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Letters to God.

Breadman's Daughter| Views: 994

The thing about God is.  No one knows for sure. Really.

I read this article in The New York Times by Eric Weiner called Americans: Undecided About God.  Weiner so eloquently writes that the national conversation about God “has been co-opted by the True Believers, on the one hand, and Angry Atheists on the other.”  He asks, “what about the rest of us?”   Weiner calls these folks the Nones.  Nones doesn’t do it for me.  I think of myself as an Other.  Don’t ask me why.  It’s just kind of the way I am. But regardless of the moniker – Nones or Others –   I agree with Weiner, we haven’t been a part of this conversation.  We’ve been this tight-lipped group who shied away from any discussion even remotely religious like sheep about to be sheared and left standing naked in the field.  Awkward.  Embarrassing.  Uncomfortable.  Skin-crawly. To say Weiner’s article resonated with me is an understatement.  It got me thinking.  Then it inspired me.  And then I felt like having a conversation about None Other than God.

Little back story.  For the past twenty years I’ve been writing these letters to God.  Some people, far more intellectual or spiritual or hip to this pursuit than I, would call this “Journaling.”  I call it writing letters in spiral bound Hilroy notebooks. Nothing terribly fancy.  But organized.  And to prove that they are letters, not emails or memos or blogs to the Big Guy in the Sky, they all begin “Dear God” and end “Love, Me.”  In my world that constitutes the basics of Letter Writing 101.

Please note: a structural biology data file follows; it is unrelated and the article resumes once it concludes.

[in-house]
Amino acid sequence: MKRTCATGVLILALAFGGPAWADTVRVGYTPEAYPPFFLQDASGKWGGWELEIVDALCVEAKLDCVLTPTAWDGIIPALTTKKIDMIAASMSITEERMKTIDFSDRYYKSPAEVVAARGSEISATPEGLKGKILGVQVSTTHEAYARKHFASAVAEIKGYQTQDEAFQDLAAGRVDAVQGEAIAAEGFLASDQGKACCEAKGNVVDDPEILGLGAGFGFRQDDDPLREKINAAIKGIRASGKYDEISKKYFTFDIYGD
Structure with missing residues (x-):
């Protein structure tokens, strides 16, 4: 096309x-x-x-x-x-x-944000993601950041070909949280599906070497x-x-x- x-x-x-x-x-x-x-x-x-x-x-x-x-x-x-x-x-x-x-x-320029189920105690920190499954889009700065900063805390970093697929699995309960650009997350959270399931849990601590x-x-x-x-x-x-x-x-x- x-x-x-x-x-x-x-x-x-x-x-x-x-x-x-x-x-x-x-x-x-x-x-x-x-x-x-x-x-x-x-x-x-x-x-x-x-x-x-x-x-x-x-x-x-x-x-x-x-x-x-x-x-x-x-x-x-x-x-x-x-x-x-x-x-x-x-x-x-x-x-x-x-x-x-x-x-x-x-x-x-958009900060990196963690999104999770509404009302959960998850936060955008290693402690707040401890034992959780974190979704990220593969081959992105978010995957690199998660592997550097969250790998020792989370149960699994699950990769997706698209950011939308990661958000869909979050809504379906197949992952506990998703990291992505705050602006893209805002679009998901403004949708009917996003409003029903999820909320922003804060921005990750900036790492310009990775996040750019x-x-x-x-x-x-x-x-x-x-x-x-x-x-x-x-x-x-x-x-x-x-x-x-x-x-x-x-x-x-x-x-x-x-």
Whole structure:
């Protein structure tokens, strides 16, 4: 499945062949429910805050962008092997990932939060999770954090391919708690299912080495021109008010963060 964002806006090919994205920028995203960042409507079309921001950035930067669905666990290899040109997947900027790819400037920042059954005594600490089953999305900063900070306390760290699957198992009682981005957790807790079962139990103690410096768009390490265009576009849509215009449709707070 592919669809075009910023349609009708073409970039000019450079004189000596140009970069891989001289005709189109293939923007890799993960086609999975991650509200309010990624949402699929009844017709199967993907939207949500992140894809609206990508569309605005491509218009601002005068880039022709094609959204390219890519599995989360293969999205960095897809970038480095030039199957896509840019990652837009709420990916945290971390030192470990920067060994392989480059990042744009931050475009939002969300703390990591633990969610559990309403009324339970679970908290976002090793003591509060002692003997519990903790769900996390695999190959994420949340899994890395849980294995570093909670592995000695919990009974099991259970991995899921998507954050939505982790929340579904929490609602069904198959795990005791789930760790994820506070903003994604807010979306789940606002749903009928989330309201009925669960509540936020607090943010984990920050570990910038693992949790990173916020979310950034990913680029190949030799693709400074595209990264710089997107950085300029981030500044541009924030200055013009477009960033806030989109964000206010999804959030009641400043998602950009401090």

I write one almost every day.  Except on the weekends.  I do other things.  Like grocery shopping. Errand running. Movie watching. I relax and generally do everything I can to break the Monday to Friday routine.  Basically I laze around and waste time.  Even God rested on the seventh day.

After reading the New York Times article it occurred to me that after twenty years of writing almost daily to God, I must have something to say about the topic.  I’m an “other.”  Typically when it comes to religion I keep my opinions to myself. Unless in the company of other “others.”  Then I might say something provocative like “no one really knows for sure do they?”  Even the comment is plagued with doubt.  Ends in a question mark, implying uncertainty.  Not a definitive, confident period.